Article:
Alabama won’t lose any seats in Congress after 2020 census

Updated: Apr. 26, 2021 at 8:20 PM CDT
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MONTGOMERY, Ala. (WSFA) - Alabama will not lose any seats in Congress following the 2020 census, according to data from the U.S. Census Bureau. Alabama’s population climbed from 4.8 million in 2010 to 5.03 million in 2020, enough to keep it from losing any representation.

The state was widely expected to lose at least one congressional seat, which would have reduced the state’s representatives to six and its Electoral College power to eight electors.

In the run-up to the official count, Gov. Ivey’s administration made efforts to turn out participation through the state’s Alabama Counts! program, aligning efforts with the Alabama Department of Economic and Community Affairs, or ADECA.

The governor’s office said, as a result, the state increased its self-response rate from 2010′s count, saw 47 of the state’s 67 counties exceed 2010 self-response rates, and even saw many Black Belt counties perform above 2010 levels.

Alabama has held steady at seven congressional districts since the 1970 Census was finalized.

“This data reveals what we’ve known all along,” said Ivey. “Alabama is a great state to call home, and many are choosing to do so. I am extremely pleased that we will keep all seven of our current seats in the U.S. House to provide valued and needed voices to advocate for our state and our people for the next 10 years. Our success in the census was certainly a group effort across the entire state, and I offer my heartfelt thanks to everyone who played a part.”

Mayor Tommy Battle told us,

“This is great news for Huntsville and the State of Alabama. I am exceptionally proud of how the Huntsville community turned out to be counted, and we look forward to seeing our local numbers later this year. With the dramatic growth in the Huntsville area, I believe we played a significant role in boosting the state’s numbers. Keeping all seven House seats is crucial to capturing our share of federal resources and representation. We’re grateful for the partnership with Governor Kay Ivey and her team in making the 2020 Census count successful.”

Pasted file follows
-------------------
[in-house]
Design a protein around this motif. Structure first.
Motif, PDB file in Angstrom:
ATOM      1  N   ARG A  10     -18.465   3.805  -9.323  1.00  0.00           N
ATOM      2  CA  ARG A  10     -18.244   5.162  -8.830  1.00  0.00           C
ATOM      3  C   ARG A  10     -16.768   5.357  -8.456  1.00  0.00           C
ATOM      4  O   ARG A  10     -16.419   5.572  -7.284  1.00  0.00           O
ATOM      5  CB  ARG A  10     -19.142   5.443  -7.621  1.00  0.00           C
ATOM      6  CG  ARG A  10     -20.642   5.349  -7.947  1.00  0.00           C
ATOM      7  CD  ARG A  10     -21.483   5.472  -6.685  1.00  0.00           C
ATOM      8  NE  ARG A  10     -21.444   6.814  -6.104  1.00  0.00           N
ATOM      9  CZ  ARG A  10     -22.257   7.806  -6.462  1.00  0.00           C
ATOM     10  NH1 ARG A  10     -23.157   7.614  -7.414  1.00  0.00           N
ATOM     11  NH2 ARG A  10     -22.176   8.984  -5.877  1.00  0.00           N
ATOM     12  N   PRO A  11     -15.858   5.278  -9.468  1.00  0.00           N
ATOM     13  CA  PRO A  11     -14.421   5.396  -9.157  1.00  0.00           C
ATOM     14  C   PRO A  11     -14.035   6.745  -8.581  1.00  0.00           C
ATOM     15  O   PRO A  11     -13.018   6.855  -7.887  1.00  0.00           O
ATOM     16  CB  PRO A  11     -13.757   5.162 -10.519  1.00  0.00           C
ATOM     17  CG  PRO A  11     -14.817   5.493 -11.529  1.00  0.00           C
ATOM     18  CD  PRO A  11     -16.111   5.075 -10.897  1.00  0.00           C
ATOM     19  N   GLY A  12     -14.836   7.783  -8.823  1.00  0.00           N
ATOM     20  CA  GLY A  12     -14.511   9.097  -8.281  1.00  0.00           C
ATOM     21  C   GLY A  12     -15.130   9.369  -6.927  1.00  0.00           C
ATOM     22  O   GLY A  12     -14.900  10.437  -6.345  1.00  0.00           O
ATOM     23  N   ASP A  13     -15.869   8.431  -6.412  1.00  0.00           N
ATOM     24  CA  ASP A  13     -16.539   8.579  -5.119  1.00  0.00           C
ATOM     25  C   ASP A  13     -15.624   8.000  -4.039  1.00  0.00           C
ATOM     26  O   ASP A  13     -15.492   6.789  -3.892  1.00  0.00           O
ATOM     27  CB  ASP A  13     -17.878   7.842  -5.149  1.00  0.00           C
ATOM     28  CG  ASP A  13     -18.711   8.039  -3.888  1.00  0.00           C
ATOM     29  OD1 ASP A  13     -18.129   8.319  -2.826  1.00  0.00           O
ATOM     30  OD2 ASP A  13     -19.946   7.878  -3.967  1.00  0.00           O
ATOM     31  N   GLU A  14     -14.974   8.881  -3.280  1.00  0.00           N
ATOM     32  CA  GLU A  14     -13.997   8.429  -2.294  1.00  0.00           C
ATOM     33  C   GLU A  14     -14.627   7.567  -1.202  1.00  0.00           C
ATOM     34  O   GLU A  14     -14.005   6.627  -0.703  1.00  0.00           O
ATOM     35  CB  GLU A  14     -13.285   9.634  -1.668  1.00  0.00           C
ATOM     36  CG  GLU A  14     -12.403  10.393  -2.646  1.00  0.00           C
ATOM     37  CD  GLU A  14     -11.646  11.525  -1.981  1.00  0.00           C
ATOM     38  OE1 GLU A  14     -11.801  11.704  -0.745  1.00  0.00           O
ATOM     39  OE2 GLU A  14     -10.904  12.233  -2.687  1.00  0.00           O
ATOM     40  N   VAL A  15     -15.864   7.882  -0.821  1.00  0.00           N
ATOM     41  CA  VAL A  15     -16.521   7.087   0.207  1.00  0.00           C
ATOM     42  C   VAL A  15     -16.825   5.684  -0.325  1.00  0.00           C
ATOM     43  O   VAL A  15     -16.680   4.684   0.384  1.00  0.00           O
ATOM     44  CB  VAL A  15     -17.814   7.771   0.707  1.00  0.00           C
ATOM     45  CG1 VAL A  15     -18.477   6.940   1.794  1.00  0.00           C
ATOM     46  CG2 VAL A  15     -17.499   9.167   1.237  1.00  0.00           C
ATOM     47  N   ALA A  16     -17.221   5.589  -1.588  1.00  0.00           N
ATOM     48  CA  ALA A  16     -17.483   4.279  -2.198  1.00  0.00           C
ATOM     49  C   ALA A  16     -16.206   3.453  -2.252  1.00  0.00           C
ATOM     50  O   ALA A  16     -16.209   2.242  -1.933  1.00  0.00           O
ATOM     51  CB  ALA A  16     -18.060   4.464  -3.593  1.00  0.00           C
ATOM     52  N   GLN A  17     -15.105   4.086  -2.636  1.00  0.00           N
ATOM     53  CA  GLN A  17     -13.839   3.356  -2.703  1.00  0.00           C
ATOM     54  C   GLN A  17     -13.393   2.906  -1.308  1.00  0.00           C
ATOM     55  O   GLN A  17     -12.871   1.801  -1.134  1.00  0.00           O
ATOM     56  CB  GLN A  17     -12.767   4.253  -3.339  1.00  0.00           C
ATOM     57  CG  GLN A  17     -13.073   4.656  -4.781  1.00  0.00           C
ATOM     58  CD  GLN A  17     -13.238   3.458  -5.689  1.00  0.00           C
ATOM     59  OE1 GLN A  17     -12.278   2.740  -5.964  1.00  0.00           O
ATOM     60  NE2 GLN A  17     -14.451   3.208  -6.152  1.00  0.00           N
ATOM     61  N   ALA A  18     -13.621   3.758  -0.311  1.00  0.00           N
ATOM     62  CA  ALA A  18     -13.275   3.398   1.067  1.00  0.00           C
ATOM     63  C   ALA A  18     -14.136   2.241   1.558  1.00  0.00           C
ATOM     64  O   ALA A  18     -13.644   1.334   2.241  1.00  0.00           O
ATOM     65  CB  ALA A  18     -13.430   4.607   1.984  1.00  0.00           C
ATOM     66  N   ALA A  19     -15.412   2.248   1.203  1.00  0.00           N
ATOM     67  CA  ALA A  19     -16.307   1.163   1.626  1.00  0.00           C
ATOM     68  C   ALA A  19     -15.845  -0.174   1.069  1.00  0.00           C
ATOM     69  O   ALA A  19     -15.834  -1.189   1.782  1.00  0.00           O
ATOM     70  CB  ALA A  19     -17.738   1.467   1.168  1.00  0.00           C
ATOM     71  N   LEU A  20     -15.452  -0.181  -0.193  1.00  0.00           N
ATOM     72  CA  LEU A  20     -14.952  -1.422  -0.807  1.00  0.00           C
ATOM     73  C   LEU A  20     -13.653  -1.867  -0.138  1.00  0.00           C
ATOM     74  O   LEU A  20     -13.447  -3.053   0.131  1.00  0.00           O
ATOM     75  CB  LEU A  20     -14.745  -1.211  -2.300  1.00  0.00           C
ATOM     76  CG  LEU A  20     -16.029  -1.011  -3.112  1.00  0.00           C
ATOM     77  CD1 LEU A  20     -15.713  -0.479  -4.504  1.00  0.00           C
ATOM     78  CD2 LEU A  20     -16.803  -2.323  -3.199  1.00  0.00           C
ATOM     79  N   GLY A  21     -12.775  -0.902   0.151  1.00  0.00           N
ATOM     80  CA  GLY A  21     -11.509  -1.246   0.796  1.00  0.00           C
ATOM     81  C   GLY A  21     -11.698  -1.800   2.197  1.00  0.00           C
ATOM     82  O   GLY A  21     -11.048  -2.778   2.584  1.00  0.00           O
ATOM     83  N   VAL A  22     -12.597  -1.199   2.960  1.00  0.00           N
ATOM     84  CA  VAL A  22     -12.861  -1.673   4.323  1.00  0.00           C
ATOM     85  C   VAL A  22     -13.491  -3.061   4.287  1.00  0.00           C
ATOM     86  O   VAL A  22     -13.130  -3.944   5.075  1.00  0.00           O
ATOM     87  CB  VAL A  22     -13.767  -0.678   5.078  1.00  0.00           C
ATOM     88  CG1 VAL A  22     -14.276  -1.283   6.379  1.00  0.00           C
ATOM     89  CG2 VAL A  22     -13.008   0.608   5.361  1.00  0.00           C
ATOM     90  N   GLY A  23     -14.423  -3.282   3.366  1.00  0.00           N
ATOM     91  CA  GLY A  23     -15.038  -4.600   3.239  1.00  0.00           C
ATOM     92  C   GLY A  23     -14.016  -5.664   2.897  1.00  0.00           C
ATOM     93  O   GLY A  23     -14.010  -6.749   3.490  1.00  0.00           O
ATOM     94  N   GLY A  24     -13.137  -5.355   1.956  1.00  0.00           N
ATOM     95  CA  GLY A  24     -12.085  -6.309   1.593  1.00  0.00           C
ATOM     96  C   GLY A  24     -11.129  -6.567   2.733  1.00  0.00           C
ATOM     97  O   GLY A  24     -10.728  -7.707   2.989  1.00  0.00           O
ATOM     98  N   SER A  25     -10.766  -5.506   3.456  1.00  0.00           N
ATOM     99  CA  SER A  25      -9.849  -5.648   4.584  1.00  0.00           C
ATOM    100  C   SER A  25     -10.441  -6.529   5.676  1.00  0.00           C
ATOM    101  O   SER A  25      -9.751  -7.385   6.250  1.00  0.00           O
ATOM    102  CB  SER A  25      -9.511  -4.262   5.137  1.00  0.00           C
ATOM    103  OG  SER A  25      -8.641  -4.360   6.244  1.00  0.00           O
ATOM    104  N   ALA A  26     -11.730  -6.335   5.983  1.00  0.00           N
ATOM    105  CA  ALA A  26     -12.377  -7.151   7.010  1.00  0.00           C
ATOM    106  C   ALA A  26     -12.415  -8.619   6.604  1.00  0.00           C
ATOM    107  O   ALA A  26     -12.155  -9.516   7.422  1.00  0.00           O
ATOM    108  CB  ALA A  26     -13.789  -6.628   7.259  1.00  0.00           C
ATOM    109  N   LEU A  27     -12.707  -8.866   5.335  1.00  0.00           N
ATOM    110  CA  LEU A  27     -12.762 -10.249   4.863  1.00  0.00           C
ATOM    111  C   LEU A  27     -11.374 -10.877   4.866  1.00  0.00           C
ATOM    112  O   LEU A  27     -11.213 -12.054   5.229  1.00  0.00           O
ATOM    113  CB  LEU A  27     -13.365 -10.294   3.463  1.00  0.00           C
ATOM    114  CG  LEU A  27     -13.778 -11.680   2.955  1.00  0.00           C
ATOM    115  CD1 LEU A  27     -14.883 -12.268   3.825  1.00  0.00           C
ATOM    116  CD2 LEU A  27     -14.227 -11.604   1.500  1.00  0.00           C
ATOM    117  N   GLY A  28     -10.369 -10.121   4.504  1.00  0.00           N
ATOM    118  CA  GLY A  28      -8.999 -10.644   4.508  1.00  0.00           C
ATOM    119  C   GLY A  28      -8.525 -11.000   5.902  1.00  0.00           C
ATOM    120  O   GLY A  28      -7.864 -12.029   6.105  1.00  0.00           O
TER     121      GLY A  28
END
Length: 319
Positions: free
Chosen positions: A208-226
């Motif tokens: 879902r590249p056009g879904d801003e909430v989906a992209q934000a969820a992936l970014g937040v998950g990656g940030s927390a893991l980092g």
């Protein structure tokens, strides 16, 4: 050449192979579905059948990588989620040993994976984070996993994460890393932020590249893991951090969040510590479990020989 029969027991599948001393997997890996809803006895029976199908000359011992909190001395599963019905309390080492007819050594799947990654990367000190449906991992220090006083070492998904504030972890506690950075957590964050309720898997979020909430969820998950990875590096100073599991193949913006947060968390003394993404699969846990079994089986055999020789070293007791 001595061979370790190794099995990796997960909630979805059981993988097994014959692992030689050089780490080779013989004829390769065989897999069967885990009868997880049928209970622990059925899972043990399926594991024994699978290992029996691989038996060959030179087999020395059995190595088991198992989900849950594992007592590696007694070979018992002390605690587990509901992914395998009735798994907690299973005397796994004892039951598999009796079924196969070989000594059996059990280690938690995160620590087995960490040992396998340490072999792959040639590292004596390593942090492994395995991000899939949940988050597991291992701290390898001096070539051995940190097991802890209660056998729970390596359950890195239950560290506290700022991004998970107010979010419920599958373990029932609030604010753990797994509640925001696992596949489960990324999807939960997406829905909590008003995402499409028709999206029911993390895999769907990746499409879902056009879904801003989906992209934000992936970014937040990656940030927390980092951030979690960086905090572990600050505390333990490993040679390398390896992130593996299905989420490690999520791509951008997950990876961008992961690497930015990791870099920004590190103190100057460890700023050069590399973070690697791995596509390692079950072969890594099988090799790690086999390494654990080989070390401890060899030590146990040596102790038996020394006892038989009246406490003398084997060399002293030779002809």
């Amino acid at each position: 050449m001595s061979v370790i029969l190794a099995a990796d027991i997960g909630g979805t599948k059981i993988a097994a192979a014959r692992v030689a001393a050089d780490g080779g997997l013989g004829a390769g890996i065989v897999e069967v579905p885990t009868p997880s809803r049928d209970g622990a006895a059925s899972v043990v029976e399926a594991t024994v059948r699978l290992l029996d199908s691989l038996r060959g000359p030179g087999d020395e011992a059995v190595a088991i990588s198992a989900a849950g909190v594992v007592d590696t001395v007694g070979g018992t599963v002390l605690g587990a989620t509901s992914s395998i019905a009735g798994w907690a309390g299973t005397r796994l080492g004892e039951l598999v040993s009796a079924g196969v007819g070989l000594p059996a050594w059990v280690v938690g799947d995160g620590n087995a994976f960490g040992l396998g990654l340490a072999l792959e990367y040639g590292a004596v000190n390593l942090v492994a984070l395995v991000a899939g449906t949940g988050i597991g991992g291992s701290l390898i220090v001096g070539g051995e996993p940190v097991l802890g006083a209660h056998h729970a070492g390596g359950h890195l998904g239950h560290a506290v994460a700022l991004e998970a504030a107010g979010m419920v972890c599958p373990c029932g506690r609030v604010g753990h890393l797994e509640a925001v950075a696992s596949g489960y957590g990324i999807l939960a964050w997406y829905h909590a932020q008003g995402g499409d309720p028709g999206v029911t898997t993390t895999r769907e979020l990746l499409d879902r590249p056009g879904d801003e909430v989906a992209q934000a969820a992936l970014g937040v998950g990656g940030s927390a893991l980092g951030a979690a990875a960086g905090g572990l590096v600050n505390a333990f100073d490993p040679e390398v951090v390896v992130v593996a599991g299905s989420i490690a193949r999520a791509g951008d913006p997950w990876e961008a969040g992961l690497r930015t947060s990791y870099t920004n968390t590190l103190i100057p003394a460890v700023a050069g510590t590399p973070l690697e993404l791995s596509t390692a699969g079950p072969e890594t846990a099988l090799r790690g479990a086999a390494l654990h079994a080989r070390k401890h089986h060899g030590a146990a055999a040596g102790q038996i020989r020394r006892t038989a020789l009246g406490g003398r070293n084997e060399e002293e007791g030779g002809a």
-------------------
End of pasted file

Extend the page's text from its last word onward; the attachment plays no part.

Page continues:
There was speculation Alabama would lose a seat due to stagnant growth. Madison, Limestone, and Baldwin County accounted for more than half of the state’s growth since 2018.

Congressman Robert Aderholt said, “I’m pleased that Alabama’s representation in Congress will remain at seven seats. Two years ago, I and other members of the Alabama delegation began to express the importance of Alabama having a good 2020 Census count. The people of our great state responded and made sure that our collective voice was not diminished in Washington. In the coming months, the Alabama Legislature will have to redraw the district lines to reflect the expected population shift northward. I look forward to working with the rest of the Congressional delegation and members of the Alabama Legislature as this process begins.”

The Census Bureau announced that the nation’s population following the 2020 count at 331,449,281, a rate of 7.4% growth since the 2010 census. That’s the nation’s second slowest rate of growth in U.S. history.

The U.S. House has 435 seats, which are apportioned to the states based on their population sizes.

Following the 2020 census, California, Illinois, Michigan, New York, Ohio, Pennsylvania, and West Virginia will lose one House seat.

Colorado, Florida, Montana, North Carolina and Oregon will gain one House seat while Texas will gain two.

The data released Monday is limited to statewide populations. The Census Bureau will release more detailed data on counties and cities, which are needed for legislative redistricting, in August.

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